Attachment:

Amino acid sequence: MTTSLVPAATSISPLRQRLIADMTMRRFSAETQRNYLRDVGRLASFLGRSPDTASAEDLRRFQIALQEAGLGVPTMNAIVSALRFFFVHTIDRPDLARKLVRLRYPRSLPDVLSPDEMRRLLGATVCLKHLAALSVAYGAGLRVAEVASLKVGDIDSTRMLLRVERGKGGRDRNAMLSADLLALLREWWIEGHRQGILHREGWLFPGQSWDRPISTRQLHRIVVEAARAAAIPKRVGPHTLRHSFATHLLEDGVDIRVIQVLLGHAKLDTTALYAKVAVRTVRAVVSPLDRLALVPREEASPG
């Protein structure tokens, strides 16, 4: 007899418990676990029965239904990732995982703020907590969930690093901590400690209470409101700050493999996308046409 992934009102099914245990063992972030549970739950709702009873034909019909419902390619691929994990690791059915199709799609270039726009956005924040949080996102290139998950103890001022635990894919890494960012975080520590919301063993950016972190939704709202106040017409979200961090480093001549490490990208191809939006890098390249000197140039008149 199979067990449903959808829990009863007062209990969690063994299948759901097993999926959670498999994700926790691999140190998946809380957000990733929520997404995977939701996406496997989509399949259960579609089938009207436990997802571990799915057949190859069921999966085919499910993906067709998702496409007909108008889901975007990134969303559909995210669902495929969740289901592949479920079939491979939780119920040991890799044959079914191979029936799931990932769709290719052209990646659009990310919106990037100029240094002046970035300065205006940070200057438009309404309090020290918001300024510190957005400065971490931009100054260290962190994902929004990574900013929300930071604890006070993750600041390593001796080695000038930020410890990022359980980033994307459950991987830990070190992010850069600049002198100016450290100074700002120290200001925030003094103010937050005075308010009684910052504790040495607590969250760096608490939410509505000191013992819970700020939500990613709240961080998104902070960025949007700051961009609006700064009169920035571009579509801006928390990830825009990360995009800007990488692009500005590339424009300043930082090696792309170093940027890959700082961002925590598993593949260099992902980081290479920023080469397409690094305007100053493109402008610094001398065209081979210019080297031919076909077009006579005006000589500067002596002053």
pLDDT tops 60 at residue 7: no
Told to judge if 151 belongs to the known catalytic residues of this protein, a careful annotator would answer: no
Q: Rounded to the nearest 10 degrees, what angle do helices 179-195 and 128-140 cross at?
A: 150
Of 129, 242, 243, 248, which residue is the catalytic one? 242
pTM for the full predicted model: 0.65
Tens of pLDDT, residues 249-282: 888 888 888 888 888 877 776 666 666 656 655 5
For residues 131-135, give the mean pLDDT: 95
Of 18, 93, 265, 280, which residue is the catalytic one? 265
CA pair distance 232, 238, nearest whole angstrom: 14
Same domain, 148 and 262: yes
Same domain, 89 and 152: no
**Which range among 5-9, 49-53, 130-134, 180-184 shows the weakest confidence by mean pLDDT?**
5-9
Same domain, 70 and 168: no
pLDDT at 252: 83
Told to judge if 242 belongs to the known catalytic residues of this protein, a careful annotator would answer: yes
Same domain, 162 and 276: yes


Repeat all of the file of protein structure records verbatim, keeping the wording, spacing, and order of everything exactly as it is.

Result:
Amino acid sequence: MTTSLVPAATSISPLRQRLIADMTMRRFSAETQRNYLRDVGRLASFLGRSPDTASAEDLRRFQIALQEAGLGVPTMNAIVSALRFFFVHTIDRPDLARKLVRLRYPRSLPDVLSPDEMRRLLGATVCLKHLAALSVAYGAGLRVAEVASLKVGDIDSTRMLLRVERGKGGRDRNAMLSADLLALLREWWIEGHRQGILHREGWLFPGQSWDRPISTRQLHRIVVEAARAAAIPKRVGPHTLRHSFATHLLEDGVDIRVIQVLLGHAKLDTTALYAKVAVRTVRAVVSPLDRLALVPREEASPG
């Protein structure tokens, strides 16, 4: 007899418990676990029965239904990732995982703020907590969930690093901590400690209470409101700050493999996308046409 992934009102099914245990063992972030549970739950709702009873034909019909419902390619691929994990690791059915199709799609270039726009956005924040949080996102290139998950103890001022635990894919890494960012975080520590919301063993950016972190939704709202106040017409979200961090480093001549490490990208191809939006890098390249000197140039008149 199979067990449903959808829990009863007062209990969690063994299948759901097993999926959670498999994700926790691999140190998946809380957000990733929520997404995977939701996406496997989509399949259960579609089938009207436990997802571990799915057949190859069921999966085919499910993906067709998702496409007909108008889901975007990134969303559909995210669902495929969740289901592949479920079939491979939780119920040991890799044959079914191979029936799931990932769709290719052209990646659009990310919106990037100029240094002046970035300065205006940070200057438009309404309090020290918001300024510190957005400065971490931009100054260290962190994902929004990574900013929300930071604890006070993750600041390593001796080695000038930020410890990022359980980033994307459950991987830990070190992010850069600049002198100016450290100074700002120290200001925030003094103010937050005075308010009684910052504790040495607590969250760096608490939410509505000191013992819970700020939500990613709240961080998104902070960025949007700051961009609006700064009169920035571009579509801006928390990830825009990360995009800007990488692009500005590339424009300043930082090696792309170093940027890959700082961002925590598993593949260099992902980081290479920023080469397409690094305007100053493109402008610094001398065209081979210019080297031919076909077009006579005006000589500067002596002053």
pLDDT tops 60 at residue 7: no
Told to judge if 151 belongs to the known catalytic residues of this protein, a careful annotator would answer: no
Q: Rounded to the nearest 10 degrees, what angle do helices 179-195 and 128-140 cross at?
A: 150
Of 129, 242, 243, 248, which residue is the catalytic one? 242
pTM for the full predicted model: 0.65
Tens of pLDDT, residues 249-282: 888 888 888 888 888 877 776 666 666 656 655 5
For residues 131-135, give the mean pLDDT: 95
Of 18, 93, 265, 280, which residue is the catalytic one? 265
CA pair distance 232, 238, nearest whole angstrom: 14
Same domain, 148 and 262: yes
Same domain, 89 and 152: no
**Which range among 5-9, 49-53, 130-134, 180-184 shows the weakest confidence by mean pLDDT?**
5-9
Same domain, 70 and 168: no
pLDDT at 252: 83
Told to judge if 242 belongs to the known catalytic residues of this protein, a careful annotator would answer: yes
Same domain, 162 and 276: yes